Candace’s Favorite Whiskey Sour

Ingredients:

  • 4 units of whiskey, can be cheap
  • 2 units of fresh lemon juice
  • 1 unit of maple syrup

Instructions:

Put in a shaker with ice cubes.

Maple Walnut Cream Pudding
(From Vermont Sugar Makers Association, 1898)

Ingredients:

  • 2 cups milk
  • 1 cup maple syrup
  • 2 tablespoons cornstarch
  • ¼ teaspoon salt
  • 2 eggs
  • ½ cup chopped walnuts
  • 1 cup cream

Instructions:

Scald 1¾ cup milk with the maple syrup in the top of a double boiler. Combine the remaining milk with the cornstarch and salt, and add gradually, stirring constantly to the hot mixture. Cook 25 minutes, then add this mixture to eggs slightly beaten. Cook five minutes longer. Pour into serving dish and sprinkle with the chopped nuts while the pudding is still hot. When cold, cover with the cream whipped stiff, and serve.

Maple Cup Custard*
(Adapted from Real, Old-Time Yankee Maple Cooking, Beatrice Vaughan, 1969)

Ingredients:

  • 4 eggs
  • 2½  cups milk
  • ¾ cup maple syrup
  • pinch of salt
  • ¼ teaspoon vanilla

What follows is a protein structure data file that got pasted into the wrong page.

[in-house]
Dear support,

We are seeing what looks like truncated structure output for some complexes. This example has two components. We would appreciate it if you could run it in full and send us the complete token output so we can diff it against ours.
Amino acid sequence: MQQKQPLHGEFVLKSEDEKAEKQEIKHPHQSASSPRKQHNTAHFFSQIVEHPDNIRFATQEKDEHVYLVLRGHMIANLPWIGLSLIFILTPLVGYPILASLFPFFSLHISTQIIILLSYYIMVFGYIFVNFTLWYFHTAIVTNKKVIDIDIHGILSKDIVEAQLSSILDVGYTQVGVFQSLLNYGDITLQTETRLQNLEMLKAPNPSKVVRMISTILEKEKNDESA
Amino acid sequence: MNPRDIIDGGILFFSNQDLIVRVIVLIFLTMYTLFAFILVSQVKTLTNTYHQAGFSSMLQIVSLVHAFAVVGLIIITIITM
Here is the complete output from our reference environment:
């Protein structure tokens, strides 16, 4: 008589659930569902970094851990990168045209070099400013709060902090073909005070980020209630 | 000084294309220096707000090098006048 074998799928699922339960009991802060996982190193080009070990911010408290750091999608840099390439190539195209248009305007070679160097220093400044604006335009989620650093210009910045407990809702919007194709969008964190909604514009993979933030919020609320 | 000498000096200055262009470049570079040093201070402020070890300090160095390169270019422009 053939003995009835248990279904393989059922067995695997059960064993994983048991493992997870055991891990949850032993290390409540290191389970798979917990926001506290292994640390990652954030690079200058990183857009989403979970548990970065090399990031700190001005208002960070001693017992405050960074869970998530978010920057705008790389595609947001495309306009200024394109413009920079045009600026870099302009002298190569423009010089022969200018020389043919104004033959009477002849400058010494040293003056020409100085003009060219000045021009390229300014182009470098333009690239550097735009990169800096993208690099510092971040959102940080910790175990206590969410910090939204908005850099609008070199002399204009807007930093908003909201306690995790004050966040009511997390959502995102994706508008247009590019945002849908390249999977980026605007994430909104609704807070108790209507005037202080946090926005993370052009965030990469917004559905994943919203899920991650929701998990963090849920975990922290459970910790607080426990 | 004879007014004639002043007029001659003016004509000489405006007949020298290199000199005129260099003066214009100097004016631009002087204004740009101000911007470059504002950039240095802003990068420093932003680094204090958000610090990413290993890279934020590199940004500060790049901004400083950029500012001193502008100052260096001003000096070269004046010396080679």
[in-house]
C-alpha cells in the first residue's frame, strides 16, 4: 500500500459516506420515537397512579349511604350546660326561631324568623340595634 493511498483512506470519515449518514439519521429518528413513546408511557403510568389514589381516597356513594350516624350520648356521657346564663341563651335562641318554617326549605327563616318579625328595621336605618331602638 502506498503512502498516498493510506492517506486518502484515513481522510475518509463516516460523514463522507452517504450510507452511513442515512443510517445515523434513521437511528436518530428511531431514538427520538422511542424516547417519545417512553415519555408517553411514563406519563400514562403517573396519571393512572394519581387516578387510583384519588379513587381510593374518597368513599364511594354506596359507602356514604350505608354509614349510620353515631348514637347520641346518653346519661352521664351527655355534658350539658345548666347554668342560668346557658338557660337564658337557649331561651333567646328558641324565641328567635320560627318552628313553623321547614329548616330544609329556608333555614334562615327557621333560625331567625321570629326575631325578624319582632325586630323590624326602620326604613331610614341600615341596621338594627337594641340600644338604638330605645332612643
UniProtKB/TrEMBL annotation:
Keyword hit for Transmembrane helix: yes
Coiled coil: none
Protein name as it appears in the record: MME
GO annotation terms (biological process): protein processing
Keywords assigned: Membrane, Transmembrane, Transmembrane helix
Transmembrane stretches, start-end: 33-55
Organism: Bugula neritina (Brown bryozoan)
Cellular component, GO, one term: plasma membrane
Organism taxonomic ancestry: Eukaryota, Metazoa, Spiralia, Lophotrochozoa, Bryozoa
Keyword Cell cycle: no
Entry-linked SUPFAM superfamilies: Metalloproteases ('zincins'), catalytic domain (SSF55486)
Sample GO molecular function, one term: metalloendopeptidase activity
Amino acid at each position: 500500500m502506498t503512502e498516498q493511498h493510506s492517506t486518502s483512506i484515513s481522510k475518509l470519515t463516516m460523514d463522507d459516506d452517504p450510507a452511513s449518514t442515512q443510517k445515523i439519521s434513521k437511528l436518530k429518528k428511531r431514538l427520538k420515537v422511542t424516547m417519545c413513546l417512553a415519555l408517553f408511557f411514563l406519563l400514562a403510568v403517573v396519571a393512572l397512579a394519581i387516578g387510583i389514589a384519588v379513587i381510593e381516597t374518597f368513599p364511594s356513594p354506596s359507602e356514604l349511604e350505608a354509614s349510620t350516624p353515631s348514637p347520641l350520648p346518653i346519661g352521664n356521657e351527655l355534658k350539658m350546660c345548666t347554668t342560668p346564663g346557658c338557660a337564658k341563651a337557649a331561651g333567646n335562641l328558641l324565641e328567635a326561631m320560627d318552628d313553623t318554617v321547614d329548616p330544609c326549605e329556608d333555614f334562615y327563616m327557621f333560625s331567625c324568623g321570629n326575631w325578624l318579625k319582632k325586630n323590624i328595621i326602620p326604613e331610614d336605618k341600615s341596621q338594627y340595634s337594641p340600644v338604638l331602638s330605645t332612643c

Instructions:

Heat milk until hot but not boiling. Beat eggs slightly with a fork and slowly beat in the hot milk, then the maple, salt and vanilla. Pour into 6 custard cups. Set cups in a baking pan and add boiling water to halfway up the cups. Bake in a 350 degree oven for about 40 minutes. Test by inserting a knife blade into the center. If it comes out clean, the custard is done. Cool before serving.

* Beatrice Vaughan drew her recipes from memories of her girlhood on an East Thetford farm. “A beautifully delicate custard, with satiny texture and the wonder maple flavor,” Vaughan describes.

The VPR Cafe is produced in collaboration with the Burlington Free Press. It is made possible on VPR by Otter Creek Kitchenware in Middlebury's Marbleworks District, offering over 70 lines of kitchenware with personalized customer service.